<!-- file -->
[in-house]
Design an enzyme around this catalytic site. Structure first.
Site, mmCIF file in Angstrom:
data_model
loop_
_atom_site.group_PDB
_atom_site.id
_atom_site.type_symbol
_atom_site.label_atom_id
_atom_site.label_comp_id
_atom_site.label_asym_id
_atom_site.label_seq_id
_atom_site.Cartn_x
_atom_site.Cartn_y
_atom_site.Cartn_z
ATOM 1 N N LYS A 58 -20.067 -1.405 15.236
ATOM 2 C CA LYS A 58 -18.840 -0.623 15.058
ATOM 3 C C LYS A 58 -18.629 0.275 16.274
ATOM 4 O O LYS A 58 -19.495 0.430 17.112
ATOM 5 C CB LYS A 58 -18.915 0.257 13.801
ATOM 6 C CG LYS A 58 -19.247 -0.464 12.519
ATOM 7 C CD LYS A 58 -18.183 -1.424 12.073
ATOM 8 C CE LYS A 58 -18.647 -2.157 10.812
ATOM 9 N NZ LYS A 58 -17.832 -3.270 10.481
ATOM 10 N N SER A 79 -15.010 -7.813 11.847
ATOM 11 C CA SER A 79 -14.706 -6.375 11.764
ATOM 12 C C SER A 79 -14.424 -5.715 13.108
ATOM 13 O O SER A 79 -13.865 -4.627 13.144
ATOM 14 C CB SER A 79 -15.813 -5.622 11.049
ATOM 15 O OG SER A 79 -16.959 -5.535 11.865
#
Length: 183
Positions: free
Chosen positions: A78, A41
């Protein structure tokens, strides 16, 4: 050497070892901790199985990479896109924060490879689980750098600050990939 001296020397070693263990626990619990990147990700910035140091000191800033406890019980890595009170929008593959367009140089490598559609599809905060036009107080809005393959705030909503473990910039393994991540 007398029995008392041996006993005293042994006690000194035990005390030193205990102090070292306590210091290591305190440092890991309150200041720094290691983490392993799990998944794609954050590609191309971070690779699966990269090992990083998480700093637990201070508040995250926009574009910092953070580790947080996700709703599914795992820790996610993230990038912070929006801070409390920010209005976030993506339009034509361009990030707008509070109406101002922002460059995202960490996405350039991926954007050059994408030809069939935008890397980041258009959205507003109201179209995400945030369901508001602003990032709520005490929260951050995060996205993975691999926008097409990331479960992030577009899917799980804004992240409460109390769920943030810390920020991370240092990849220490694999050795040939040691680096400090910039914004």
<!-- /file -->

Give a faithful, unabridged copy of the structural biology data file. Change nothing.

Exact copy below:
[in-house]
Design an enzyme around this catalytic site. Structure first.
Site, mmCIF file in Angstrom:
data_model
loop_
_atom_site.group_PDB
_atom_site.id
_atom_site.type_symbol
_atom_site.label_atom_id
_atom_site.label_comp_id
_atom_site.label_asym_id
_atom_site.label_seq_id
_atom_site.Cartn_x
_atom_site.Cartn_y
_atom_site.Cartn_z
ATOM 1 N N LYS A 58 -20.067 -1.405 15.236
ATOM 2 C CA LYS A 58 -18.840 -0.623 15.058
ATOM 3 C C LYS A 58 -18.629 0.275 16.274
ATOM 4 O O LYS A 58 -19.495 0.430 17.112
ATOM 5 C CB LYS A 58 -18.915 0.257 13.801
ATOM 6 C CG LYS A 58 -19.247 -0.464 12.519
ATOM 7 C CD LYS A 58 -18.183 -1.424 12.073
ATOM 8 C CE LYS A 58 -18.647 -2.157 10.812
ATOM 9 N NZ LYS A 58 -17.832 -3.270 10.481
ATOM 10 N N SER A 79 -15.010 -7.813 11.847
ATOM 11 C CA SER A 79 -14.706 -6.375 11.764
ATOM 12 C C SER A 79 -14.424 -5.715 13.108
ATOM 13 O O SER A 79 -13.865 -4.627 13.144
ATOM 14 C CB SER A 79 -15.813 -5.622 11.049
ATOM 15 O OG SER A 79 -16.959 -5.535 11.865
#
Length: 183
Positions: free
Chosen positions: A78, A41
């Protein structure tokens, strides 16, 4: 050497070892901790199985990479896109924060490879689980750098600050990939 001296020397070693263990626990619990990147990700910035140091000191800033406890019980890595009170929008593959367009140089490598559609599809905060036009107080809005393959705030909503473990910039393994991540 007398029995008392041996006993005293042994006690000194035990005390030193205990102090070292306590210091290591305190440092890991309150200041720094290691983490392993799990998944794609954050590609191309971070690779699966990269090992990083998480700093637990201070508040995250926009574009910092953070580790947080996700709703599914795992820790996610993230990038912070929006801070409390920010209005976030993506339009034509361009990030707008509070109406101002922002460059995202960490996405350039991926954007050059994408030809069939935008890397980041258009959205507003109201179209995400945030369901508001602003990032709520005490929260951050995060996205993975691999926008097409990331479960992030577009899917799980804004992240409460109390769920943030810390920020991370240092990849220490694999050795040939040691680096400090910039914004």